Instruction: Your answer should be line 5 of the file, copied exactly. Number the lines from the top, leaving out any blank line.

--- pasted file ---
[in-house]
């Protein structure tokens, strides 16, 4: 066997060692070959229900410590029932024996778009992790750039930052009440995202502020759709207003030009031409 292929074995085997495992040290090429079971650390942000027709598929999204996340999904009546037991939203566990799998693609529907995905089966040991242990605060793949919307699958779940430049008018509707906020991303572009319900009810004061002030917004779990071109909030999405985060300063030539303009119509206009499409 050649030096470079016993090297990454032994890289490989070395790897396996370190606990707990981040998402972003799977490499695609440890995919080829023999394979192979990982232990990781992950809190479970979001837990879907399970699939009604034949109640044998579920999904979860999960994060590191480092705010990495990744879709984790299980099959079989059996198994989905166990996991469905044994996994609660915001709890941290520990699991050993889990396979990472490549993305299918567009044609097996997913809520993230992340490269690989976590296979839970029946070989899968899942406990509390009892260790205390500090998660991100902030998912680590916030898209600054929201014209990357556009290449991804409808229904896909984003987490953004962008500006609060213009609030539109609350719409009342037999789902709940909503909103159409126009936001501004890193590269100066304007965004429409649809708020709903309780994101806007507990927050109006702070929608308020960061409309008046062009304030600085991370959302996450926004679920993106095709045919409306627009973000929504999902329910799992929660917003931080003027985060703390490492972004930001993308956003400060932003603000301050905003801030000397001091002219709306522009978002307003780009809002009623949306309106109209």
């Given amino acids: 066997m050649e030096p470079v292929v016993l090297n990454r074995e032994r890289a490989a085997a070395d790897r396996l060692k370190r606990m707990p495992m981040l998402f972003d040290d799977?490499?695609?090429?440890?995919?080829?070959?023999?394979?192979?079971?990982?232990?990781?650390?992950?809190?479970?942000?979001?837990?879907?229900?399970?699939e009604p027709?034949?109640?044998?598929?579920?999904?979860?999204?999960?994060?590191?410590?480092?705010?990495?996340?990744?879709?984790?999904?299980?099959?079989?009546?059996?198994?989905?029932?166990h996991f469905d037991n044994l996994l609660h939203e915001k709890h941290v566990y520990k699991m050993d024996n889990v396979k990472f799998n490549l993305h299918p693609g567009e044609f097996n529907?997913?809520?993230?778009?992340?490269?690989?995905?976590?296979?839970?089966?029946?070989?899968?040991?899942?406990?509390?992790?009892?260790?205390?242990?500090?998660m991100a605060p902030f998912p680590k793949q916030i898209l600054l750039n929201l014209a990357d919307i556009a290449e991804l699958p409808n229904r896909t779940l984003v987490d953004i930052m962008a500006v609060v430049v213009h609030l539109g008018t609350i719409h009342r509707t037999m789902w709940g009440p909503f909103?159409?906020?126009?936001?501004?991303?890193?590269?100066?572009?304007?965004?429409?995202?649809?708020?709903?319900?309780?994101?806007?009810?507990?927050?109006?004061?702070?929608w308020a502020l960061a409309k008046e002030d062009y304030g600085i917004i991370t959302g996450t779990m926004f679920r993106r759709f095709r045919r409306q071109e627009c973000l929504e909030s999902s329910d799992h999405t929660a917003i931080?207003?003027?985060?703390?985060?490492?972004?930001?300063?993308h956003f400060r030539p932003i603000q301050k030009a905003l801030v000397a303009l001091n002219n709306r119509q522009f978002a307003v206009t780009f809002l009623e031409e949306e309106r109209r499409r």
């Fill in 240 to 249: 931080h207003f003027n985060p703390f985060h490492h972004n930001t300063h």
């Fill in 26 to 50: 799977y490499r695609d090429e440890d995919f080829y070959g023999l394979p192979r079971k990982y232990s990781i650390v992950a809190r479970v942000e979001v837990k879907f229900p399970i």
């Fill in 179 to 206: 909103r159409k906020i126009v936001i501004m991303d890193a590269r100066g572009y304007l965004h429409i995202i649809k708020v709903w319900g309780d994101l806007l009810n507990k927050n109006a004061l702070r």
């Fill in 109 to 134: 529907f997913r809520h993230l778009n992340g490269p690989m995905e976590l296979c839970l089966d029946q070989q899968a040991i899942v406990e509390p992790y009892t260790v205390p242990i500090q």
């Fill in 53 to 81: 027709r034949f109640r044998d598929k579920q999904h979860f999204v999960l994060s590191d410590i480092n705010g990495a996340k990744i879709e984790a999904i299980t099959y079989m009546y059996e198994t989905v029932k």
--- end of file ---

């Fill in 26 to 50: 799977y490499r695609d090429e440890d995919f080829y070959g023999l394979p192979r079971k990982y232990s990781i650390v992950a809190r479970v942000e979001v837990k879907f229900p399970i």